Assendelft Netherlands

Assendelft is a town in the Netherlands, located in the Gemeente Zaanstad (Province of North Holland). It is located slightly northwest of Amsterdam, the country’s capital.

There is a one-hour time difference between the local time zone and the Coordinated Universal Time (UTC). There are a total of 10 airports in the neighborhood of Assendelft, with 5 of them being major international airports. The closest international airport in the Netherlands is Amsterdam Airport Schiphol, which is located 11 miles (or 18 kilometers) to the south. There are a variety of other transportation options available besides airports.

Assendelft

There are a number of Unesco World Heritage Sites in the surrounding area. Droogmakerij de Beemster (Beemster Polder) is the nearest heritage site to the Netherlands, located around 9 miles (14 kilometers) north-east of the country. We identified 4 attractions near this site. If you’re looking for a somewhere to stay, we’ve created a list of hotels near Map Center that you can find lower down the page.

It is possible that you will want to visit some of the following locations, depending on your travel schedule: Heemskerk, Haarlem, Heeluo, Amsterdam, and Utrecht. To learn more about this location, scroll down and look through the available information.

Assendelft is the oldest settlement in the municipality of Zaanstad, and it is believed to be the oldest in the Netherlands. Farmers began to settle along the banks of the IJ and Wijkermeer, on the north and west sides of the Assendelft polder, in the 10th century AD. Today, the area is known as the Assendelft polder. At the end of the Middle Ages (15th and 16th centuries), this village became well-known throughout the surrounding countryside. The agricultural village is laid out in a ribbon shape, with many stolp farms dotted along the length of it. A stolpboerderij is a square farm with a pyramid-shaped roof that is located in the Netherlands.

Assendelft is undergoing a land reclamation project.
Long ditches were dug by the residents of Assendelft in order to drain the peat and make it suitable for agricultural use. They also excavated the Kaaik, a long ditch that was used to construct part of the buildings. When it grew too wet, the farmers moved to the other side of the Kaaik and made the land suitable for arable farming. When the ground grew too moist, they were forced to move further into the peat once more. They created a large ditch here, which became known as the Westzaner Twiske. This became known as the Nauernasche Vaart around 1633. The reclamation may still be evident in the structure of Assendelft.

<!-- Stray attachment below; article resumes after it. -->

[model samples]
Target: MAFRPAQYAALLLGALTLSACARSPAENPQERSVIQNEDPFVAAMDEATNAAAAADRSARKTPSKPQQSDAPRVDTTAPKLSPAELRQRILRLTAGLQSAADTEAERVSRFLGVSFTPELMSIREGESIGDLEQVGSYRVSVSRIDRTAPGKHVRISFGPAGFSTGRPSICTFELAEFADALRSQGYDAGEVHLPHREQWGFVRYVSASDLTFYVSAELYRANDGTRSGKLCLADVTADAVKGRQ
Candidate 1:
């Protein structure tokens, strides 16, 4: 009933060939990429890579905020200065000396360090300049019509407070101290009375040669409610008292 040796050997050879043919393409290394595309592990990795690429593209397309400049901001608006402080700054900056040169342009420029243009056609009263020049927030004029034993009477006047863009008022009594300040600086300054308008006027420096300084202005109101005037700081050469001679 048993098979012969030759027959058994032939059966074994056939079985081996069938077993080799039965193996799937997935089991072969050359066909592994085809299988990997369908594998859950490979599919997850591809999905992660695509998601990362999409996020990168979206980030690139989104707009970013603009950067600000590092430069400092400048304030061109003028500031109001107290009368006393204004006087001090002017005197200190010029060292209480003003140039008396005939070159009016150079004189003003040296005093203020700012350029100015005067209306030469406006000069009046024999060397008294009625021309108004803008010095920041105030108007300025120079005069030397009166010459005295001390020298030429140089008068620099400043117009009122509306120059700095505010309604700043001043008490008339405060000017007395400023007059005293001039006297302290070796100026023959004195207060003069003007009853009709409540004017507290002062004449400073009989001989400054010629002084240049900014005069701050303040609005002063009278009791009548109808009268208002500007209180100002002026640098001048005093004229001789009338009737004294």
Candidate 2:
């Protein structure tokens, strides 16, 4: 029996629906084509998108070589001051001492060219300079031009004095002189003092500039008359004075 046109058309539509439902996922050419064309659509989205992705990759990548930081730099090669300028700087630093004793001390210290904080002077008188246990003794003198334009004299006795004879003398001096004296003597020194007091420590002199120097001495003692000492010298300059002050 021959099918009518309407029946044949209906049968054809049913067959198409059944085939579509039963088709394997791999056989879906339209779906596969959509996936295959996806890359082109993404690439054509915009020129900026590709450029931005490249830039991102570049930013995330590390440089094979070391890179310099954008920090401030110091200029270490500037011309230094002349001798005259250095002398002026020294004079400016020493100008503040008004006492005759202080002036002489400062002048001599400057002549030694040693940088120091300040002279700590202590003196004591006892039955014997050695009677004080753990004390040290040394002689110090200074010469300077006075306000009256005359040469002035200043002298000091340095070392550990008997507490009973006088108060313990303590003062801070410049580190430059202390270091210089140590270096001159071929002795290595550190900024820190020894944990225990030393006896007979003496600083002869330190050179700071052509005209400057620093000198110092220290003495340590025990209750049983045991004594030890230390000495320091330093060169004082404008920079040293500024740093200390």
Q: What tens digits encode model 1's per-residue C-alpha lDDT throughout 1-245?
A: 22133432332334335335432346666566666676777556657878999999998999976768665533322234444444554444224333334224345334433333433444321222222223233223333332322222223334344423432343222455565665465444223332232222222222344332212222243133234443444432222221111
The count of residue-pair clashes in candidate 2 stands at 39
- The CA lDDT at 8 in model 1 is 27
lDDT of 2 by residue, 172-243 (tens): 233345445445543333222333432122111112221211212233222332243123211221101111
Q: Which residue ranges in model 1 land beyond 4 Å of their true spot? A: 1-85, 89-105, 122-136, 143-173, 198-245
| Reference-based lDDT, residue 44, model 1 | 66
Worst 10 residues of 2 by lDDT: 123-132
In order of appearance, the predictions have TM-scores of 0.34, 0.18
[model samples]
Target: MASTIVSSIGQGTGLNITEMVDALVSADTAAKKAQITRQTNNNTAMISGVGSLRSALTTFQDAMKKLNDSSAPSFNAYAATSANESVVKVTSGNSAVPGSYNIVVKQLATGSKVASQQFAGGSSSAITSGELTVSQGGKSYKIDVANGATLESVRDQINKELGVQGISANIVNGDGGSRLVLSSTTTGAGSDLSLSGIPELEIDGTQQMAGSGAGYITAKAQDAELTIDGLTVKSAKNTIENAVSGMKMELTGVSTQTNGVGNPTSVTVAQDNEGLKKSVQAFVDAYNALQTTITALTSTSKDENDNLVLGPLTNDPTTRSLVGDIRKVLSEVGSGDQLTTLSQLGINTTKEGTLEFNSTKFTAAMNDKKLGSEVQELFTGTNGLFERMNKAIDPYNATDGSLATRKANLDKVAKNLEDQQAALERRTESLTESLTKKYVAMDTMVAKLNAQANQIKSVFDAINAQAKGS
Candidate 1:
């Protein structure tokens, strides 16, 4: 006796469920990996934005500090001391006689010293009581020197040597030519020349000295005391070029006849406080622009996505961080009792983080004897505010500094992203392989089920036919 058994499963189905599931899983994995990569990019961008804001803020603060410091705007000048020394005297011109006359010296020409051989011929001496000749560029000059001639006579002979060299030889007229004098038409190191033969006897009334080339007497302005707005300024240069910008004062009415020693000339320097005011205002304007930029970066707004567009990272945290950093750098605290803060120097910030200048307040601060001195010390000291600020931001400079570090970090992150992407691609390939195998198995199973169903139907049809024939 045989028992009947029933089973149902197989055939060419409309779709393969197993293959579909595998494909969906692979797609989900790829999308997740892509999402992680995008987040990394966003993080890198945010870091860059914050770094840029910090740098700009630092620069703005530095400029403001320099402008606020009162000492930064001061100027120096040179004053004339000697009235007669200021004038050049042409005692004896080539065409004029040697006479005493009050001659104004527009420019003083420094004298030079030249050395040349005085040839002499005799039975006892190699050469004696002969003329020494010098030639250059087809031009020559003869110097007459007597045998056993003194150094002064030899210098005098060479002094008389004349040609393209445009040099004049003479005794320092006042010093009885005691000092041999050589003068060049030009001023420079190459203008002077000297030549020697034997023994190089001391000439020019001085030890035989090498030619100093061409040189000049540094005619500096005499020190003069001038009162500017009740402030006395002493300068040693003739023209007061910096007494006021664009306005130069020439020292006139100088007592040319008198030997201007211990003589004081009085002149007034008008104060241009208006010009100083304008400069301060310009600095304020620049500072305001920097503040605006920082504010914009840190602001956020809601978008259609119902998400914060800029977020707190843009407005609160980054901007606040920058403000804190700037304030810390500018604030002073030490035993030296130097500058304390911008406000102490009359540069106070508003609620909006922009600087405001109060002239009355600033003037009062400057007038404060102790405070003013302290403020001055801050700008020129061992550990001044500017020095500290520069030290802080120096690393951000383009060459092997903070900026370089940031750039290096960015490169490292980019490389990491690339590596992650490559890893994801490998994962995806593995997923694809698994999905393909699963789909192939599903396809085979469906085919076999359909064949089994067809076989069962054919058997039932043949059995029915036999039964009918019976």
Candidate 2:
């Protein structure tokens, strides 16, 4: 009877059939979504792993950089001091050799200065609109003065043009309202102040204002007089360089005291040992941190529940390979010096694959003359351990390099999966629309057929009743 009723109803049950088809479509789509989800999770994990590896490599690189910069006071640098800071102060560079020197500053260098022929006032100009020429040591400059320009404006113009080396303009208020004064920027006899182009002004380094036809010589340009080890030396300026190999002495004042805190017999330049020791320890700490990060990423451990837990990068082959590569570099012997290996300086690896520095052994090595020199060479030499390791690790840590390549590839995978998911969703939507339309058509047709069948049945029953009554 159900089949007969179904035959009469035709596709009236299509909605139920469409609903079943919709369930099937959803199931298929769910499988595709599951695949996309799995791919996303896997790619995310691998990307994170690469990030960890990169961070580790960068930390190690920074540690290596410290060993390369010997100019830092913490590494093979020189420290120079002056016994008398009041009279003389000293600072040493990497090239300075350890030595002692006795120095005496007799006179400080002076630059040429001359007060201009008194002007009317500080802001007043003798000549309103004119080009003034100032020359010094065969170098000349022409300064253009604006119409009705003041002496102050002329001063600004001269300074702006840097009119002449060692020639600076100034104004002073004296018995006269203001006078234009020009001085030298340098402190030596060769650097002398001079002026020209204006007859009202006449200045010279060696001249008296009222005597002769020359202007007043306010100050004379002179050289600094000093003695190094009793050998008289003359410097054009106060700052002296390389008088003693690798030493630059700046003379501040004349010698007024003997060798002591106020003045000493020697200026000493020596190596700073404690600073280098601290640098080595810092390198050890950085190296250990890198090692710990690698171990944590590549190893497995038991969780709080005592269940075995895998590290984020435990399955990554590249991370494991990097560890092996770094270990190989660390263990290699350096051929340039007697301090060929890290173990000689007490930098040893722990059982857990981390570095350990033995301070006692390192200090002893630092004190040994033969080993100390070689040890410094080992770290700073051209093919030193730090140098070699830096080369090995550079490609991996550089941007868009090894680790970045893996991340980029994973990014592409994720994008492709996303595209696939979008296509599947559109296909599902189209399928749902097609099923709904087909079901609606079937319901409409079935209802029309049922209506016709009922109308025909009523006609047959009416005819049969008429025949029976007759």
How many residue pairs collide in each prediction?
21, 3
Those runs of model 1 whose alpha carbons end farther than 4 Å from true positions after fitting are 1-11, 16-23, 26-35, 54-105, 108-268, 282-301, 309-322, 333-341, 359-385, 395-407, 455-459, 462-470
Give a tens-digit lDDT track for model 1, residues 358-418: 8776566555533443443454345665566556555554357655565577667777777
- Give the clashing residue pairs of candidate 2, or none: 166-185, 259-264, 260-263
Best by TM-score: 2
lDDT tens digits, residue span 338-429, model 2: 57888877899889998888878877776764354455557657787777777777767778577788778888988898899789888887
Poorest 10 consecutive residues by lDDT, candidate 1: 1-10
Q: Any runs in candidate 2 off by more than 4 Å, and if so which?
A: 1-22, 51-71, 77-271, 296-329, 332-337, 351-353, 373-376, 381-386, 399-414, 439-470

Dairy, linen, and herring are among the products available.
An important focus of village life evolved in and around the church between 12th and 14th centuries. There were 1230 people living there in 1514. The majority of the population made their living from cattle breeding. Some were involved in linen weaving or herring fishing, while others were involved in other activities. Assendelft became well-known in the 16th century for producing enormous volumes of milk. Assendelft had become the primary hub of dairy production. The majority of the transportation was done by water. The ‘vaarboeren’ sailed to their cows in the field in order to milk and graze on their crops. The farmers transported their milk through the shallow ditches in a traditional Assendelver milk barge.

Assendelft continued to be an agricultural village even into the seventeenth century. A large number of Assendelvers did find employment in the sailcloth weaving sector. Cattle breeding, on the other hand, continued to be the primary source of income. The building of factories occurred primarily along the Zaan during the nineteenth century. At the conclusion of the nineteenth and beginning of the twentieth centuries, small-scale workers’ housing was added to the ribbon, completing the picture. The majority of them are in the northern part of Krommenie. Because there was still ample area to build on along the ribbon, it remained a rural ribbon with numerous small-scale structures and a sense of spaciousness. Only in the late twentieth and early twenty-first centuries did new neighborhoods spring up along the ribbon of land. Assendelft’s structure has been altered as a result of this, although the ribbon’s characteristics have essentially remained unchanged.